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‘Bharat Symphony’ – fitting and glorious end to UK-India Year of Culture; shame about Queen and David Cameron… (review)

‘Bharat Symphony’ – fitting and glorious end to UK-India Year of Culture; shame about Queen and David Cameron… (review)

One of the world’s foremost violinists in Dr L Subramaniam, one of the great Indian vocalists in Kavita Krishnamurti and the London Symphony Orchestra… a homage to India’s music through the ages…

THERE was quite the air of expectation as the final curtain was drawn on the UK-India Year of Culture with a special classical musical extravaganza.

A concert of almost dizzying dimensions – with a legendary violinist – Dr L Subramaniam – and much celebrated Indian vocalist Kavita Krishnamurthi – and a world-famous symphony orchestra – the London Symphony – sat down to play out the last of the big set piece event in the UK-India Year of Culture, celebrating India’s 70 years as an independent country free from the hold of the once mighty British Raj.

Kavita Krishnamurti Subramaniam

The concert did not disappoint and was a fabulous triumph – it has to be one of the undoubted highlights of the UK-India Year of Culture.

The Barbican, in the city of London, last night became a cauldron of high and uplifting emotions – at the centre piece of the concert was the Bharat Symphony and diminutive man with an incredible power over his violin. The music represented through the ‘Bharat Symphony’, marked India in four distinct stages.

Commissioned by the city of Chicago for its World Music Festival, the ‘Bharat Symphony’ enjoyed a UK premiere last night; it was first performed in Chicago in September and has also been performed in Latvia.

It was a wonder in itself – beginning with the Vedic hymns of yore, masterly articulated and led by the voice of Krishnamurti. The Indian instruments came into their own during the depiction of the Mughal period, the second of the musical sections.

The tabla and Dr Subramaniam’s violin and the mridangam marshalled a different order and beauty.

While it was a little difficult to tell where the sections ended and opened, the British period saw the introduction of the full symphony and the power and majesty of an orchestra in full flow.

Out of the strings, big European drums, and other familiar orchestral sounds something else emerged, the tabla came back into focus; the beat was heavier and faster – it was neither strictly classical nor strictly popular or populist. This was the sound of epics – shades of the music from the recent global blockbuster – ‘Baahubhali’.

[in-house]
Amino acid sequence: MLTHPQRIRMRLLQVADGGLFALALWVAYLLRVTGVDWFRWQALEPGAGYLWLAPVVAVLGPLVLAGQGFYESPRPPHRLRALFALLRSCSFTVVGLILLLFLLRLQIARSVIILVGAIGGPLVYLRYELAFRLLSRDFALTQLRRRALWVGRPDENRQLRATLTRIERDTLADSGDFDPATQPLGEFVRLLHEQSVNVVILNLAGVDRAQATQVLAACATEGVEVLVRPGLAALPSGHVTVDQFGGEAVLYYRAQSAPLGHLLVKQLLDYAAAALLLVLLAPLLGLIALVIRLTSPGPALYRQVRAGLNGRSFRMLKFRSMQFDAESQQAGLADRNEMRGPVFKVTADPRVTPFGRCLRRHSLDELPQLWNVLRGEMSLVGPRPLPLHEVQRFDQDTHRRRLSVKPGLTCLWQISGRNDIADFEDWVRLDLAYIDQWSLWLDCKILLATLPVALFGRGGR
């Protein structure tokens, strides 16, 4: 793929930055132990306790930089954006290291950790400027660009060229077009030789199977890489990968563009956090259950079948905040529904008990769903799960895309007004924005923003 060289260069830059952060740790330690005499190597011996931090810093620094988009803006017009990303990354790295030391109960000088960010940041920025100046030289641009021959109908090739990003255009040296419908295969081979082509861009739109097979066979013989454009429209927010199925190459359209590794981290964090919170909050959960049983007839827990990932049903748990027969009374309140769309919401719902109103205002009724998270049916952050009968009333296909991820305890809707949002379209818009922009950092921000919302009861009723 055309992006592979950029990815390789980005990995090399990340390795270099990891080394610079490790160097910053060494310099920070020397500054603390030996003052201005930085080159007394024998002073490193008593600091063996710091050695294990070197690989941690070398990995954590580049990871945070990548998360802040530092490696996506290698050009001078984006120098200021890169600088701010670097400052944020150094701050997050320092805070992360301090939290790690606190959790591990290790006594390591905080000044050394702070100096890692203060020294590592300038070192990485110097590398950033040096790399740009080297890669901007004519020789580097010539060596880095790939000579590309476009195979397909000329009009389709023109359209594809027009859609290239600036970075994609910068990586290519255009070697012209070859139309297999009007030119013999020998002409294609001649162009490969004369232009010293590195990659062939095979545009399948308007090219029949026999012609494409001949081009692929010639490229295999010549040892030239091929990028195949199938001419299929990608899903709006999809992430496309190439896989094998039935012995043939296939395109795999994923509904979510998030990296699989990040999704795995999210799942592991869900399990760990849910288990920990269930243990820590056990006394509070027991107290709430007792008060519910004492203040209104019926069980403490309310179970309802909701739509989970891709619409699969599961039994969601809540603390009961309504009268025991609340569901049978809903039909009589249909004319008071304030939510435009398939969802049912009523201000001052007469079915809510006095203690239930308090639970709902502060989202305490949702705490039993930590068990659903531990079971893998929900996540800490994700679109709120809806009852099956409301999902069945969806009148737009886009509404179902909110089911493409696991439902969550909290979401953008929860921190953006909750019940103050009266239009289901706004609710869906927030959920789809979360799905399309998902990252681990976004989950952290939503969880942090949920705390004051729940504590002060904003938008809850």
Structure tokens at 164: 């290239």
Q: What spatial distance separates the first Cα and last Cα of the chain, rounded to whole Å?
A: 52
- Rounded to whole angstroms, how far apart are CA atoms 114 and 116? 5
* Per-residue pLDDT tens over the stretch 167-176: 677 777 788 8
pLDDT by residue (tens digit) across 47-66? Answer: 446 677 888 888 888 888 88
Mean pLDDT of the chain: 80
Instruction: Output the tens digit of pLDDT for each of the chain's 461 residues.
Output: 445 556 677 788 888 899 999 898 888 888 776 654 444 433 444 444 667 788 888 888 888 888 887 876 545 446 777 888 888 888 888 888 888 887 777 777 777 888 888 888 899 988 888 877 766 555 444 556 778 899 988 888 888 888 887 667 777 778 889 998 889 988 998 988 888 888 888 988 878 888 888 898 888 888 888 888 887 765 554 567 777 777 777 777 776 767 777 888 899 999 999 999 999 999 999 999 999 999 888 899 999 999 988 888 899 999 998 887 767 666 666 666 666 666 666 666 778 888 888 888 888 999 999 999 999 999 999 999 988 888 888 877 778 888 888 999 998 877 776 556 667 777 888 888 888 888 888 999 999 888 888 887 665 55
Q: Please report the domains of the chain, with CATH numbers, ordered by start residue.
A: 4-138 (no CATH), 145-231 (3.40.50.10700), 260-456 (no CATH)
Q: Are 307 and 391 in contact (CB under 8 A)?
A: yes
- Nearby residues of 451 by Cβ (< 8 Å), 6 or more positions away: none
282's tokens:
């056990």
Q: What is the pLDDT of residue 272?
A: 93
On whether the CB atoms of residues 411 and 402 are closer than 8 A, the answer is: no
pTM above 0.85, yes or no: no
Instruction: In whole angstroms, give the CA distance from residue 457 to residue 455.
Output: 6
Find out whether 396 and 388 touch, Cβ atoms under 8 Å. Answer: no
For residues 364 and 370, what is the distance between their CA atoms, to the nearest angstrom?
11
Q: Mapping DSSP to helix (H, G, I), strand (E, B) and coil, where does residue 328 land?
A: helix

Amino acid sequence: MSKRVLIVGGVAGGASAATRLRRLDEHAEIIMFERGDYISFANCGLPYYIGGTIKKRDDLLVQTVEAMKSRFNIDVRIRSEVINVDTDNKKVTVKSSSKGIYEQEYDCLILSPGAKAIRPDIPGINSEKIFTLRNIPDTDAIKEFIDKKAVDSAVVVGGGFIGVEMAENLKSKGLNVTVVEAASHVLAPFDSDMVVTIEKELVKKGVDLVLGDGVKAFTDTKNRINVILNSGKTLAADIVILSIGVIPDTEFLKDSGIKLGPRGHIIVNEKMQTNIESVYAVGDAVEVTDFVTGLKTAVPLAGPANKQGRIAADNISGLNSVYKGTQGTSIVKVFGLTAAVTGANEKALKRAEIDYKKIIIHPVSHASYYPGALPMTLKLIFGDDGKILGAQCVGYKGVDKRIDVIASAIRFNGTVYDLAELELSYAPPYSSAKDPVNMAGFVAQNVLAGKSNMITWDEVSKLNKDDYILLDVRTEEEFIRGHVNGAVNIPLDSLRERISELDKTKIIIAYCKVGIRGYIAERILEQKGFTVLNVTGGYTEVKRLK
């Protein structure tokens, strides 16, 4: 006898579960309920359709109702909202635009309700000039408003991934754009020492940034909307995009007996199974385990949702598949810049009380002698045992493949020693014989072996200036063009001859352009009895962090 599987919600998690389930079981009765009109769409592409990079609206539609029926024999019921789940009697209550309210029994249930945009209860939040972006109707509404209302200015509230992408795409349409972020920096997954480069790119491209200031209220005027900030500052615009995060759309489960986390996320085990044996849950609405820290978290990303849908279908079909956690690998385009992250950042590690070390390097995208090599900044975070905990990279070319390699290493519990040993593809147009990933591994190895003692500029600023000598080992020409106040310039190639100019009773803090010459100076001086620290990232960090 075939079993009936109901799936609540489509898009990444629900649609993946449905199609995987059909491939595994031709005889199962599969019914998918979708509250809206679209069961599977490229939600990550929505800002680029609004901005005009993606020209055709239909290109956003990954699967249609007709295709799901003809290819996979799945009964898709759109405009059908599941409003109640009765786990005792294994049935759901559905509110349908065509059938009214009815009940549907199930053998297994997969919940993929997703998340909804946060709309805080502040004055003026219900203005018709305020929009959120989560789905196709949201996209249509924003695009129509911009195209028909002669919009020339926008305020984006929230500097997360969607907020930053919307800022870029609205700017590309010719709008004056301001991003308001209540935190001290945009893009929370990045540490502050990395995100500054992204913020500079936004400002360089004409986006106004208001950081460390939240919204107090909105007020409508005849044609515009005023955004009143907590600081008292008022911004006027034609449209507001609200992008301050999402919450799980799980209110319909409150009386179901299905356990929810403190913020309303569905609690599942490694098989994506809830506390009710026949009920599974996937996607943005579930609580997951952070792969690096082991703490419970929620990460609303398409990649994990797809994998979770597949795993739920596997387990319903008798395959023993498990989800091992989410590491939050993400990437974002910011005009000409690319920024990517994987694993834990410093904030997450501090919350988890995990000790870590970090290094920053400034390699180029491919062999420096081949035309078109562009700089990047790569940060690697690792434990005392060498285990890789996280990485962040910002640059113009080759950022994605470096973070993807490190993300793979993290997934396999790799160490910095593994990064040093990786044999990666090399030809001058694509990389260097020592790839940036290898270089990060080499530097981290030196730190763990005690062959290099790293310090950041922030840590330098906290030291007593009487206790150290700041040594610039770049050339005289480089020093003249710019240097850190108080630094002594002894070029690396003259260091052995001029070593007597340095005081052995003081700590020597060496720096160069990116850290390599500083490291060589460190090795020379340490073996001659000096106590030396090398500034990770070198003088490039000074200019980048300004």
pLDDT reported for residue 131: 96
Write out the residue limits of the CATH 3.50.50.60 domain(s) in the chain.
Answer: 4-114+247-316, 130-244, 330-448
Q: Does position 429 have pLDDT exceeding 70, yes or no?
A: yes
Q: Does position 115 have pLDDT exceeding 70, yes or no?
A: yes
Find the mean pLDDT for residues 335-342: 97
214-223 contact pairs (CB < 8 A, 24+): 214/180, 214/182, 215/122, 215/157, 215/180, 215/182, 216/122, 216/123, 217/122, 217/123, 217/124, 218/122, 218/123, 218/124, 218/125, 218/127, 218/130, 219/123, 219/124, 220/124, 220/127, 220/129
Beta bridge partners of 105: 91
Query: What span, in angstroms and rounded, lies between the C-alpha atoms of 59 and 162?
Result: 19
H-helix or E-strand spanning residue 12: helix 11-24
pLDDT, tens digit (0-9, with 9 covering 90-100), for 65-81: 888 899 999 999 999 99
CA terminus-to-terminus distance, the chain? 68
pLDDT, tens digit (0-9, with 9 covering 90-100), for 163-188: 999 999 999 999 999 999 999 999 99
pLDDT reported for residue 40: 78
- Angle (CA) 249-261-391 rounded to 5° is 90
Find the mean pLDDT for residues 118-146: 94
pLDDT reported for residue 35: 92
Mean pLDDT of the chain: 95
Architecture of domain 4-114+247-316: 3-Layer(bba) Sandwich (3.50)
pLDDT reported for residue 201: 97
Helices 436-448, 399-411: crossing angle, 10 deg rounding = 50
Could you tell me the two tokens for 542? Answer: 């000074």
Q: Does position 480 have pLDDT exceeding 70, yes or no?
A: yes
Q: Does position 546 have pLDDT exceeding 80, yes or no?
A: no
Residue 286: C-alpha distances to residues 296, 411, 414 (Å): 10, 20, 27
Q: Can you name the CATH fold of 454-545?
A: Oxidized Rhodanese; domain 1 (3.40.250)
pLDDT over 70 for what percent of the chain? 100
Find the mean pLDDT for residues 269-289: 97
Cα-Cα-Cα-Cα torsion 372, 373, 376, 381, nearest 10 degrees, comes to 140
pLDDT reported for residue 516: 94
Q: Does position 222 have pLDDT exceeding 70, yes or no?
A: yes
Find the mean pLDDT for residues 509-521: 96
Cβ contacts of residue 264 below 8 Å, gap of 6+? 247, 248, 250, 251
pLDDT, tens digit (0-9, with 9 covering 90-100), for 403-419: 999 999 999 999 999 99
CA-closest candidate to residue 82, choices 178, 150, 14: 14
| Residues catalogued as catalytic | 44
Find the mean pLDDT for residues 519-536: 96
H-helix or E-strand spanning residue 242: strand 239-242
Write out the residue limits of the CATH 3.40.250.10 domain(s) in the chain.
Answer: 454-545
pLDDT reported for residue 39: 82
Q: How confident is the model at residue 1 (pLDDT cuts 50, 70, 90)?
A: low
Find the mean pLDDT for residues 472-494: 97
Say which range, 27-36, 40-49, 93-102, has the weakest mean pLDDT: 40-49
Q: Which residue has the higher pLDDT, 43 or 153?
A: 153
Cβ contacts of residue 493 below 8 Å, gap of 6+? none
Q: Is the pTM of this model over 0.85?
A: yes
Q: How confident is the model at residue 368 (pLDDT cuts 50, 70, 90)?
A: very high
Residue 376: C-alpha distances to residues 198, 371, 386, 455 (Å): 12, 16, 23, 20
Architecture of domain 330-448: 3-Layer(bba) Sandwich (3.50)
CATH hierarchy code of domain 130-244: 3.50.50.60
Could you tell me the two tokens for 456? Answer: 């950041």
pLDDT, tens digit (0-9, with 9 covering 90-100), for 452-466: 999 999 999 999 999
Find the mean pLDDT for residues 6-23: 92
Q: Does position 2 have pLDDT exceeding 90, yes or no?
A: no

This was indeed a section to marvel at and a very fitting end to the UK India Year of Culture agreed as it was in 2015 by this country’s (then) prime minister David Cameron and India’s PM Narendra Modi.

Conductor Josep Vicent was a lively figure at the centre and his energy transferred to those whom he controlled; the Indians just out of his sight…

The concert started with a more classical Indian repertoire with Dr Subramaniam in charge musically and the mridangam player Srirama Murthy Dhulipala and Tanmoy Bose on tabla and Nagaraju Talluri, the flutist, all taking their lead from inestimable maestro.

A final virtuoso between the three was a fitting close to this short opening session of under 30 minutes.

The last segment of the evening was devoted to ‘Fantasy on Vedic Chants’ a piece commissioned by Maestro Zubin Mehta and originally premiered by the New York Philharmonic. It started with a violin solo from Dr Subramaniam and soon the whole orchestra joined in. Played out in three movements: fast, slow and fast, there were distinct peaks and distinct troughs, where there was still some sound. Mehta had written in some Kritis too, this is a South Indian musical style.

Close of the concert

To the non-expert, it was hard to make out where one style started and another finished in this section, but it was enjoyable and powerful at the same time.

When the final bong sounded and Vicent brought proceedings to a close, there was not an unmoved soul in the house.

It’s a shame indeed that Her Majesty, who had opened UK-India Year of Culture with a reception at Buckingham Palace in February, was not there to witness the finale for herself. And shame too that Cameron was not present. His departure from Downing Street last year effectively meant he was no longer part of something he had helped to conceive.

Earlier a pre-reception concert heard from a host of dignitaries and sponsors, including the Lord Mayor of London, Charles Bowman (who basically represents the City), Katheryn McDowell, managing director of the LSO; India’s transport and highways minister Nitin Gadkri, who was on a short ministerial trip to London; India’s high commissioner His Excellency Yashwant Sinha and Sanjoy Roy, managing director of Uk India Year of Culture producers Teamwork Arts and Ankur Bhardwaj, director of festivals for the Indian company.

Most spoke about the enduring relations between the countries and how culture could strengthen and deepen those ties as both countries look to work together on mutually beneficial economic and infrastructure projects.

*We have a 1-2-1 interview with Sanjoy Roy about the UK-India Year of Culture and what to expect next…read it only here on

All pictures (except last): courtesy of ©Kondas Photography


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Written by Asian Culture Vulture